Irrigation District launches economic study to demonstrate need for pumping station
With drought and environmental discharges draining the Wickiup Reservoir, the North Unit Irrigation District needs an additional water source for farmers in Jefferson County. The district wants to build a pumping station at Billy Chinook Lake, but it needs $400 million to do so.
To get $400 million, they have to apply for federal grants. For federal grants, they need an economic study demonstrating the importance of water in agriculture and the economic importance of agriculture in Jefferson County. “For some reason, this information is not accessible,” said Mike Britton, executive director of NUID.
When managing irrigation districts in California, Britton said the information was at his fingertips. Now the district needs to hire economists to put those numbers together. It’s going to cost $200,000. Last December, Oregon lawmakers designated $17.1 million in drought relief for Jefferson County. Of that money, $1 million was earmarked for drought resilience. Britton says the Oregon Water Enhancement Board has yet to decide how to distribute that money. “We can’t wait for the state to decide when and how that money will come,” Britton told Jefferson County commissioners.
The commissioners authorized the loan with the assurance that NUID would repay the money once OWEB released the drought relief funds. A pumping station would supplement the water farmers already draw from Wickiup. “It can provide a sustainable and reliable source of water that can provide more certainty to our water users,” Britton said. Drawing water from Billy Chinook Lake serves environmental interests because it allows more water to remain in the stream for aquatic habitat until the water reaches the lake. A pump station at the lake eliminates the need for a pump station at Crooked River.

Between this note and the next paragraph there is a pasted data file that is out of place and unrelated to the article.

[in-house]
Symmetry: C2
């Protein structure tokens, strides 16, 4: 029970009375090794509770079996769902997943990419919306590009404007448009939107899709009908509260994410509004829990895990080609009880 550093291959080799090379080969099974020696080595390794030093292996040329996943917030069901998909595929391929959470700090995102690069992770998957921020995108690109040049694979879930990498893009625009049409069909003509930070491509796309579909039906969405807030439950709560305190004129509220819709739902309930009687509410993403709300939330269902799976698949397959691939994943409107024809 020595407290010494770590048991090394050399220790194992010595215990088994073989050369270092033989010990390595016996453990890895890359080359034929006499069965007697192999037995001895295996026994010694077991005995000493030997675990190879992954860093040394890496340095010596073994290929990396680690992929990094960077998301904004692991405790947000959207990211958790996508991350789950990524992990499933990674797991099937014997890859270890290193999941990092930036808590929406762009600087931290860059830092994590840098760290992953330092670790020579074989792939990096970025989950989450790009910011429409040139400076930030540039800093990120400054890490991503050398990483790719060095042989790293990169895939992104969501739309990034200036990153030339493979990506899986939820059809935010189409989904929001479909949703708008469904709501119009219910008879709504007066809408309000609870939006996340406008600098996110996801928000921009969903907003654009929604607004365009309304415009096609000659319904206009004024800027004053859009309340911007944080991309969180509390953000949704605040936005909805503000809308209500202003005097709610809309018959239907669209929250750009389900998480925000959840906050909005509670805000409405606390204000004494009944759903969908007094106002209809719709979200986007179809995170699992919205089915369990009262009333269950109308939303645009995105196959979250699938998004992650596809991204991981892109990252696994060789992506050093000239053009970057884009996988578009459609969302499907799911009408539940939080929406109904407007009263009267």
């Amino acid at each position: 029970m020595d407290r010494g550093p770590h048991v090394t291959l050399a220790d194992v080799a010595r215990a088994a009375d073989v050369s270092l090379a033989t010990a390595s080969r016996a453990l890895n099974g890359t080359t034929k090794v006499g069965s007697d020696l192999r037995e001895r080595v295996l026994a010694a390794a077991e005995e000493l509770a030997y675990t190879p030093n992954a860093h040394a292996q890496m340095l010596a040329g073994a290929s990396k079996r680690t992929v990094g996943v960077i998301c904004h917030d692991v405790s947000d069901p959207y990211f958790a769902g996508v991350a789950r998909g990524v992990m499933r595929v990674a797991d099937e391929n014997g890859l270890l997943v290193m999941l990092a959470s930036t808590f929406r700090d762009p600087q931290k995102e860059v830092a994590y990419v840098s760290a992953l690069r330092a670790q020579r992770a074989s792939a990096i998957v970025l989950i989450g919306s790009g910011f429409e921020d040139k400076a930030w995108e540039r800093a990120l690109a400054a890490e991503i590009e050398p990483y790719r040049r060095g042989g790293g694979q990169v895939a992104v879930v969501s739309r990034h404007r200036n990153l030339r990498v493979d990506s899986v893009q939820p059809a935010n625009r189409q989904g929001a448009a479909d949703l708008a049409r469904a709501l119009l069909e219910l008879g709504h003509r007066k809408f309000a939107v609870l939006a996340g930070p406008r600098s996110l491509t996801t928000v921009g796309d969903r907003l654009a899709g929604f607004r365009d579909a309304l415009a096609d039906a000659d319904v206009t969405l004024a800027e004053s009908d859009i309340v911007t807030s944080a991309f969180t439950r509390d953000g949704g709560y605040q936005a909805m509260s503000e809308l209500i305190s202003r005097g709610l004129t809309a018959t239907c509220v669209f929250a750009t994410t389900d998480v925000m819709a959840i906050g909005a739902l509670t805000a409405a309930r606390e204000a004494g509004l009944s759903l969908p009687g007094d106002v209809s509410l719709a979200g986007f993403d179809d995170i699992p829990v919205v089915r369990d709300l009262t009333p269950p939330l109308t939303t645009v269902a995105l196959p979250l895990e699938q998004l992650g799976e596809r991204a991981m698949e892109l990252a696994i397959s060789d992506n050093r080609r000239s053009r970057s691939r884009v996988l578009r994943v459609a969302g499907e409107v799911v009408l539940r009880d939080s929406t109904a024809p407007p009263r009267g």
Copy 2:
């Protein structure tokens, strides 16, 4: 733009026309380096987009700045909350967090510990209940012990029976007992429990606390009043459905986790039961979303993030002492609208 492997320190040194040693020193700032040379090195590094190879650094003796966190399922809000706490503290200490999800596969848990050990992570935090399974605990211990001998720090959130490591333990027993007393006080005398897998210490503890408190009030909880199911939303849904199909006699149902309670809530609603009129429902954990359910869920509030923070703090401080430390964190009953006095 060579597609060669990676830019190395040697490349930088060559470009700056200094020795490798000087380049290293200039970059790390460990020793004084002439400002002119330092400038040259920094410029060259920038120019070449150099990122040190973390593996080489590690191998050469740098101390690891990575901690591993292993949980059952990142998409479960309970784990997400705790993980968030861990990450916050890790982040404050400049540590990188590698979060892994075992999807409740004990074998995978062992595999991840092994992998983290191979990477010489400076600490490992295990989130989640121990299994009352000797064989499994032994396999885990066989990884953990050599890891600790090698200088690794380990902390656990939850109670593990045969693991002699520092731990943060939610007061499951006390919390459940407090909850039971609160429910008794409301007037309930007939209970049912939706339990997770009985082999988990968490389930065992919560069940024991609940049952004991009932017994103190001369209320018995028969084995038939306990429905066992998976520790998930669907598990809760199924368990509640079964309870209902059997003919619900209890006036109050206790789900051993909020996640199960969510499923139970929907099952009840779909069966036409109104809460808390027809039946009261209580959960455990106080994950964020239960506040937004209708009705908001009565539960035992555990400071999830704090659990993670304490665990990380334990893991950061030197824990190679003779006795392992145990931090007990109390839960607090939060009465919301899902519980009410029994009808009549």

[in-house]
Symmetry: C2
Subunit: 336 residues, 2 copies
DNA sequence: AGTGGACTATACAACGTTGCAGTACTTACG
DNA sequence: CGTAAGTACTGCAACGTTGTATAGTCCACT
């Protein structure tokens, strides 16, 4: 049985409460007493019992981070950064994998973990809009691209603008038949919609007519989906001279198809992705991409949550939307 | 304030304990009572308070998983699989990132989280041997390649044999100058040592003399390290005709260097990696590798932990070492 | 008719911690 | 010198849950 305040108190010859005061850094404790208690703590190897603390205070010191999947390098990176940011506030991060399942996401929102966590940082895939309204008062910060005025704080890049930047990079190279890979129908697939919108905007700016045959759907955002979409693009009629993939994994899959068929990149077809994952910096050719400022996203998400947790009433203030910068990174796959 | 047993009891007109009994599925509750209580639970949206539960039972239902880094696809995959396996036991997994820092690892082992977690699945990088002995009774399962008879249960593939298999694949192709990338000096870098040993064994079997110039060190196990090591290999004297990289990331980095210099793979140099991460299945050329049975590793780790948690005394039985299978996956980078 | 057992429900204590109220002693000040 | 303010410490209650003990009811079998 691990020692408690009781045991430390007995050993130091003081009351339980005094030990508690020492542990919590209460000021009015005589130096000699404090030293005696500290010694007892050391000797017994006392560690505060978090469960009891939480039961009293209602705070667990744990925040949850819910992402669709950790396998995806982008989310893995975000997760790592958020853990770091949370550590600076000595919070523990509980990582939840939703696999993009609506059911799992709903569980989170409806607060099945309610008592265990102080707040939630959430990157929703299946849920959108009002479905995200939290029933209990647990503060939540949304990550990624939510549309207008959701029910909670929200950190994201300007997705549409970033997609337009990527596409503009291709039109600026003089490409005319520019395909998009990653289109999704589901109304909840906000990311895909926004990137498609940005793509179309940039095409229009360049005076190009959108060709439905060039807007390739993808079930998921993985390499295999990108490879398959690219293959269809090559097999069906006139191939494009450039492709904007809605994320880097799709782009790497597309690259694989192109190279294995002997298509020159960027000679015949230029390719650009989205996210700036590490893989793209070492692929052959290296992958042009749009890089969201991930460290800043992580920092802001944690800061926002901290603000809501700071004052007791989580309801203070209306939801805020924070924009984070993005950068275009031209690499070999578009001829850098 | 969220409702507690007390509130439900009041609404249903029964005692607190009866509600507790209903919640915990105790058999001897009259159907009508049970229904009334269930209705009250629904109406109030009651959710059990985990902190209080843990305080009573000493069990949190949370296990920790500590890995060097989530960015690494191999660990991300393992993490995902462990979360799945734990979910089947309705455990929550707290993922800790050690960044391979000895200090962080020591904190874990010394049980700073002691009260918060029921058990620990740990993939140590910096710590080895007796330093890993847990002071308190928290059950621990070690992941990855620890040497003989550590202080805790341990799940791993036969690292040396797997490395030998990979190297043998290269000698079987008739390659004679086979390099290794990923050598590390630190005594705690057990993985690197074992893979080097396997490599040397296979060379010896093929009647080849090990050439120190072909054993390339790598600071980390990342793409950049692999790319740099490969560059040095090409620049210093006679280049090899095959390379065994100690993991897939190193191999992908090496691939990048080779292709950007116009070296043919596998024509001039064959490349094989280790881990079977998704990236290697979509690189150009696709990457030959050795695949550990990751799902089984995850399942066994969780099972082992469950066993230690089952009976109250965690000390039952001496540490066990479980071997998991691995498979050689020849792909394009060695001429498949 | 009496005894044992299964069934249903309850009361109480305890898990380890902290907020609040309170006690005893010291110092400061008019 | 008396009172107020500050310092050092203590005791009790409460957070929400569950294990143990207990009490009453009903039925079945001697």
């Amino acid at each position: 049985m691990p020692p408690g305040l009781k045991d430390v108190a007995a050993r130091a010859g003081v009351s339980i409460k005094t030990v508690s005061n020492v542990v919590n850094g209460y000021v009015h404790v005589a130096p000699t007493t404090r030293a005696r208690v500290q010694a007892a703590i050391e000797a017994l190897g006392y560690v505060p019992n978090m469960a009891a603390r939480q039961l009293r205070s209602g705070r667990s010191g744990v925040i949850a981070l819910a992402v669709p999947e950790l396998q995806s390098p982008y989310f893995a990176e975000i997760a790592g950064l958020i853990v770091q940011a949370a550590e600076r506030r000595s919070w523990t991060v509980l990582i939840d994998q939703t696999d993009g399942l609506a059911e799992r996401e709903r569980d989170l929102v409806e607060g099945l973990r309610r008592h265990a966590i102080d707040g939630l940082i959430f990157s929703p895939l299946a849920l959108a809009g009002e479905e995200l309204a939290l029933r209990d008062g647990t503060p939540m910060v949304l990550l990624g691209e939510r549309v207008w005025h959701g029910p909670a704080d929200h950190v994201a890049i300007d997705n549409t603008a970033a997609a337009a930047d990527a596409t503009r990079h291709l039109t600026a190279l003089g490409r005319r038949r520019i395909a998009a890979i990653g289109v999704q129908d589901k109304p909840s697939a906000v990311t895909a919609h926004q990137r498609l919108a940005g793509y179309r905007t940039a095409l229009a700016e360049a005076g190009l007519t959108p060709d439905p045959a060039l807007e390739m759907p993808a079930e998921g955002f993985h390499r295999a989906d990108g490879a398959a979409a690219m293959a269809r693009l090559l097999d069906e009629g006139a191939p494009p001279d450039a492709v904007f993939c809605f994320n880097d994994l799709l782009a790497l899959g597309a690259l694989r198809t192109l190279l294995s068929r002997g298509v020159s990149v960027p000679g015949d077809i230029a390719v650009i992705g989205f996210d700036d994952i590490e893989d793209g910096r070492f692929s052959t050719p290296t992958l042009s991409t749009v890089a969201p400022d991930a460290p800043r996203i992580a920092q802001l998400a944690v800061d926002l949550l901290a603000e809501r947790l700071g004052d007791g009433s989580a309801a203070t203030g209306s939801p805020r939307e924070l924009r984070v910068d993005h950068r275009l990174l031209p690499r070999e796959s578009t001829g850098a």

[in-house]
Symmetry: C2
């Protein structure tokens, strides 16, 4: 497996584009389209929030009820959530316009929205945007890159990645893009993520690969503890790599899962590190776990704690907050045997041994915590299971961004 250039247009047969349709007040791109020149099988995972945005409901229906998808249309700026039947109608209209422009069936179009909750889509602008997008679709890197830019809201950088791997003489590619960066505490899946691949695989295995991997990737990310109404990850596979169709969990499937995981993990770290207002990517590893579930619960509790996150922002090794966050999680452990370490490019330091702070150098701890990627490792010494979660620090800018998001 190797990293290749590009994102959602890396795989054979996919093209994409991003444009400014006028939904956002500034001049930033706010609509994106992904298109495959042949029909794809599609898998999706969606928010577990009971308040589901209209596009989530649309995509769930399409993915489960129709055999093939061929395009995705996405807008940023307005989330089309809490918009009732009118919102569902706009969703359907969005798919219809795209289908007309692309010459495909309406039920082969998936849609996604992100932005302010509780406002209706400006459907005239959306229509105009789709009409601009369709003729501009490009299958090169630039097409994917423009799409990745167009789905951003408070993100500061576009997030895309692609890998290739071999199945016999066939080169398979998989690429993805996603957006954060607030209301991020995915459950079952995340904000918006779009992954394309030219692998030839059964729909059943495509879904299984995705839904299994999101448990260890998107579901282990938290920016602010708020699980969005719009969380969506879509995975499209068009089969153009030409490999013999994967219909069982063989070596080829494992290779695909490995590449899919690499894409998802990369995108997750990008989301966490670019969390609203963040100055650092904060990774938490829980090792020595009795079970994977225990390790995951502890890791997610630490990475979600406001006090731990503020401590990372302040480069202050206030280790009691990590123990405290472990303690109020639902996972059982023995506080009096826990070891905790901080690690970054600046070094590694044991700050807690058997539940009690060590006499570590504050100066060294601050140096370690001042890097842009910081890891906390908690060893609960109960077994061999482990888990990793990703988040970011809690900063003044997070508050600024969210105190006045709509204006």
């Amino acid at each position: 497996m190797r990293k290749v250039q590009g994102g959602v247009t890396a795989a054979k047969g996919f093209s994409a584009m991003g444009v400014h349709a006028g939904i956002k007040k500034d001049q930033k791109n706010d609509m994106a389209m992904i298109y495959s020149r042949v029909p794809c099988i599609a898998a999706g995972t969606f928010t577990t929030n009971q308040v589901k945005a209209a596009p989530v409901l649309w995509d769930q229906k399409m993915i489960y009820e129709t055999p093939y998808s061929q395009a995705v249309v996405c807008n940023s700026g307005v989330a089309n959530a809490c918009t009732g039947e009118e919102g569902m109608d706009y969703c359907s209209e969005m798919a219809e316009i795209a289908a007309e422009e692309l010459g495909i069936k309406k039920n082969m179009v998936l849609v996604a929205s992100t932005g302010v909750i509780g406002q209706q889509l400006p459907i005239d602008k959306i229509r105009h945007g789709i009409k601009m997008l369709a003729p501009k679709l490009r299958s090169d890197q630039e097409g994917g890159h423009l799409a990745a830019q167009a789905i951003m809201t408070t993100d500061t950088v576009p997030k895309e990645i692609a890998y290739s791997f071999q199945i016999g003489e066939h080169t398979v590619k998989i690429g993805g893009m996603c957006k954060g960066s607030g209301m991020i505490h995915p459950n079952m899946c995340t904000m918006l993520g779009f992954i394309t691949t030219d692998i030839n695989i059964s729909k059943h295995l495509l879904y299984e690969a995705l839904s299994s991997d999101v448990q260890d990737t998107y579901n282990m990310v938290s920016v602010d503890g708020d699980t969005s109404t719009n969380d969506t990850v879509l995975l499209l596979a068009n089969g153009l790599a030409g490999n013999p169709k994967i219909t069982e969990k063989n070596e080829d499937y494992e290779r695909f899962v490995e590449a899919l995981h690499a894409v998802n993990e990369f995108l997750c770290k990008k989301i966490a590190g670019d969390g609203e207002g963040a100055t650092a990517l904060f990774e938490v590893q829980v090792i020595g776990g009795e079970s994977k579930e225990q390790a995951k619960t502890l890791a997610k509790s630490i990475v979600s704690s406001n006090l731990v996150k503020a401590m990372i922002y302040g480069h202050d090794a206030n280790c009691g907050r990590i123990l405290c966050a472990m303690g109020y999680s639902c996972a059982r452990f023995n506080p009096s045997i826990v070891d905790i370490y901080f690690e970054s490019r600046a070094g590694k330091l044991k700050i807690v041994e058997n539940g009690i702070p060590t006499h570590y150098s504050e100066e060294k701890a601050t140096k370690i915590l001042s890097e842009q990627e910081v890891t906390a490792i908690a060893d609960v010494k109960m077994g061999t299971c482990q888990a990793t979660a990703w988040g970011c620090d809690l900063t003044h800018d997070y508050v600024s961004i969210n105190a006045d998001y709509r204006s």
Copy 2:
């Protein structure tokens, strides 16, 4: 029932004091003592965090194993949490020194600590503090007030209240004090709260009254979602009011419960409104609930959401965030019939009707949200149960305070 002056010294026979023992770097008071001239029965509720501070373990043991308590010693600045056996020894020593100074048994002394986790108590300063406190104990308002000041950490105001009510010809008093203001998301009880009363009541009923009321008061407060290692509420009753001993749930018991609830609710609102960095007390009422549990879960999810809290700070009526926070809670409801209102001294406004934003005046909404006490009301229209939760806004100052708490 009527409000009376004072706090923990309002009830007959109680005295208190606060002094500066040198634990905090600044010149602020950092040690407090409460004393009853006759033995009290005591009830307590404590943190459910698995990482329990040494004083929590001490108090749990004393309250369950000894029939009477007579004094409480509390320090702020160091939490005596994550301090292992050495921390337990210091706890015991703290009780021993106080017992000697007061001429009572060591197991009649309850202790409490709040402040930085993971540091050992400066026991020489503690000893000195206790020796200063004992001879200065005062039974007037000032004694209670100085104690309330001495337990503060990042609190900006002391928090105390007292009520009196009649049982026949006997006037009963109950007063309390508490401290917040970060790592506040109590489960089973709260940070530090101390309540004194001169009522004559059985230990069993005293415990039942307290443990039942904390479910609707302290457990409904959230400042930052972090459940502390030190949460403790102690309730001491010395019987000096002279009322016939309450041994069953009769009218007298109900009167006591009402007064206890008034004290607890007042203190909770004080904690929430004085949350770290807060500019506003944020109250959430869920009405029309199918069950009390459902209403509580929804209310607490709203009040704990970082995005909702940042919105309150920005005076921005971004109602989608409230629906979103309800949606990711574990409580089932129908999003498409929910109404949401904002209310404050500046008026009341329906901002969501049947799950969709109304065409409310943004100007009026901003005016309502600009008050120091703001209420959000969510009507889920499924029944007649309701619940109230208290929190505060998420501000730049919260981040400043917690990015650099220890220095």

The Bureau of Reclamation built the Wickiup Reservoir in the 1940s for $8 million, or more than $150 million in today’s dollars. NUID farmers still pay for Wickiup and its improvements.
The approximate price of the Billy Chinook Lake Pumping Station is $400 million, with annual operating costs of $5-6 million, more than NUID’s current annual budget. The NUID estimates that farmers will benefit from $4 million to $6 million per year through increased supply and improved crop yields.
The district needs economists to verify their estimates and convince the people who administer federal grants that a Lake Billy Chinook pumping station is worth their investment.
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